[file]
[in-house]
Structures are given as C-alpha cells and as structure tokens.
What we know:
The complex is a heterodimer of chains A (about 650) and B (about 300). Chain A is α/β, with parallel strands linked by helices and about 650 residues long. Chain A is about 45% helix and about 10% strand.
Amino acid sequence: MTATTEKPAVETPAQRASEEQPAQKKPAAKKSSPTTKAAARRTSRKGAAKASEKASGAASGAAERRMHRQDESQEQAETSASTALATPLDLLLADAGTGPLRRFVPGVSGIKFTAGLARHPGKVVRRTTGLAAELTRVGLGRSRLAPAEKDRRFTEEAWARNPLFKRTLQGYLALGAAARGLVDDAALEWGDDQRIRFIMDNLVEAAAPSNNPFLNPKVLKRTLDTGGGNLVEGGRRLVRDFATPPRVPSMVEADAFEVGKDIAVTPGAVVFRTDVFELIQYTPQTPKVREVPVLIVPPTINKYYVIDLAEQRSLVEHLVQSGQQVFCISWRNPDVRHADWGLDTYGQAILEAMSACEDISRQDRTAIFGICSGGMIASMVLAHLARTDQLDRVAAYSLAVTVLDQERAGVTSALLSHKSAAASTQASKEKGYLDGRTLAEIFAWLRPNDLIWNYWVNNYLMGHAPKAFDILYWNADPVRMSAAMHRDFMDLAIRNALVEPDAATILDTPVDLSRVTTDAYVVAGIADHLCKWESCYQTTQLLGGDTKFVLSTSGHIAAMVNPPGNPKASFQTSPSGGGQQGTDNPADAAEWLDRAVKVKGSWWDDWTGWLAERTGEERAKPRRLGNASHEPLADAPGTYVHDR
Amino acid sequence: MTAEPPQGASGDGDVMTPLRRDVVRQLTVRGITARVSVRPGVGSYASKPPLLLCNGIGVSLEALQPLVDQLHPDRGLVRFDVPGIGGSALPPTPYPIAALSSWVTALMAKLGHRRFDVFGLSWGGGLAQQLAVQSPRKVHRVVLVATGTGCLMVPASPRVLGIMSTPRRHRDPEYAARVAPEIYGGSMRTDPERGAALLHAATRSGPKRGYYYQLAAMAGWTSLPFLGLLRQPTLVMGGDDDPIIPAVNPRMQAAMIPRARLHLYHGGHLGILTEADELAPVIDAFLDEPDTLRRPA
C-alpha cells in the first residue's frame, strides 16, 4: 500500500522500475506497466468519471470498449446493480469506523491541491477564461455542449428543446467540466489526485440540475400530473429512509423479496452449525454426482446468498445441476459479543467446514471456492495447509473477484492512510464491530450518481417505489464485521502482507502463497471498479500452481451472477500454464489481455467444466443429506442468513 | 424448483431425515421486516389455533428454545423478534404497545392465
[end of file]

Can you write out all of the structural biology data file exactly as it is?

[in-house]
Structures are given as C-alpha cells and as structure tokens.
What we know:
The complex is a heterodimer of chains A (about 650) and B (about 300). Chain A is α/β, with parallel strands linked by helices and about 650 residues long. Chain A is about 45% helix and about 10% strand.
Amino acid sequence: MTATTEKPAVETPAQRASEEQPAQKKPAAKKSSPTTKAAARRTSRKGAAKASEKASGAASGAAERRMHRQDESQEQAETSASTALATPLDLLLADAGTGPLRRFVPGVSGIKFTAGLARHPGKVVRRTTGLAAELTRVGLGRSRLAPAEKDRRFTEEAWARNPLFKRTLQGYLALGAAARGLVDDAALEWGDDQRIRFIMDNLVEAAAPSNNPFLNPKVLKRTLDTGGGNLVEGGRRLVRDFATPPRVPSMVEADAFEVGKDIAVTPGAVVFRTDVFELIQYTPQTPKVREVPVLIVPPTINKYYVIDLAEQRSLVEHLVQSGQQVFCISWRNPDVRHADWGLDTYGQAILEAMSACEDISRQDRTAIFGICSGGMIASMVLAHLARTDQLDRVAAYSLAVTVLDQERAGVTSALLSHKSAAASTQASKEKGYLDGRTLAEIFAWLRPNDLIWNYWVNNYLMGHAPKAFDILYWNADPVRMSAAMHRDFMDLAIRNALVEPDAATILDTPVDLSRVTTDAYVVAGIADHLCKWESCYQTTQLLGGDTKFVLSTSGHIAAMVNPPGNPKASFQTSPSGGGQQGTDNPADAAEWLDRAVKVKGSWWDDWTGWLAERTGEERAKPRRLGNASHEPLADAPGTYVHDR
Amino acid sequence: MTAEPPQGASGDGDVMTPLRRDVVRQLTVRGITARVSVRPGVGSYASKPPLLLCNGIGVSLEALQPLVDQLHPDRGLVRFDVPGIGGSALPPTPYPIAALSSWVTALMAKLGHRRFDVFGLSWGGGLAQQLAVQSPRKVHRVVLVATGTGCLMVPASPRVLGIMSTPRRHRDPEYAARVAPEIYGGSMRTDPERGAALLHAATRSGPKRGYYYQLAAMAGWTSLPFLGLLRQPTLVMGGDDDPIIPAVNPRMQAAMIPRARLHLYHGGHLGILTEADELAPVIDAFLDEPDTLRRPA
C-alpha cells in the first residue's frame, strides 16, 4: 500500500522500475506497466468519471470498449446493480469506523491541491477564461455542449428543446467540466489526485440540475400530473429512509423479496452449525454426482446468498445441476459479543467446514471456492495447509473477484492512510464491530450518481417505489464485521502482507502463497471498479500452481451472477500454464489481455467444466443429506442468513 | 424448483431425515421486516389455533428454545423478534404497545392465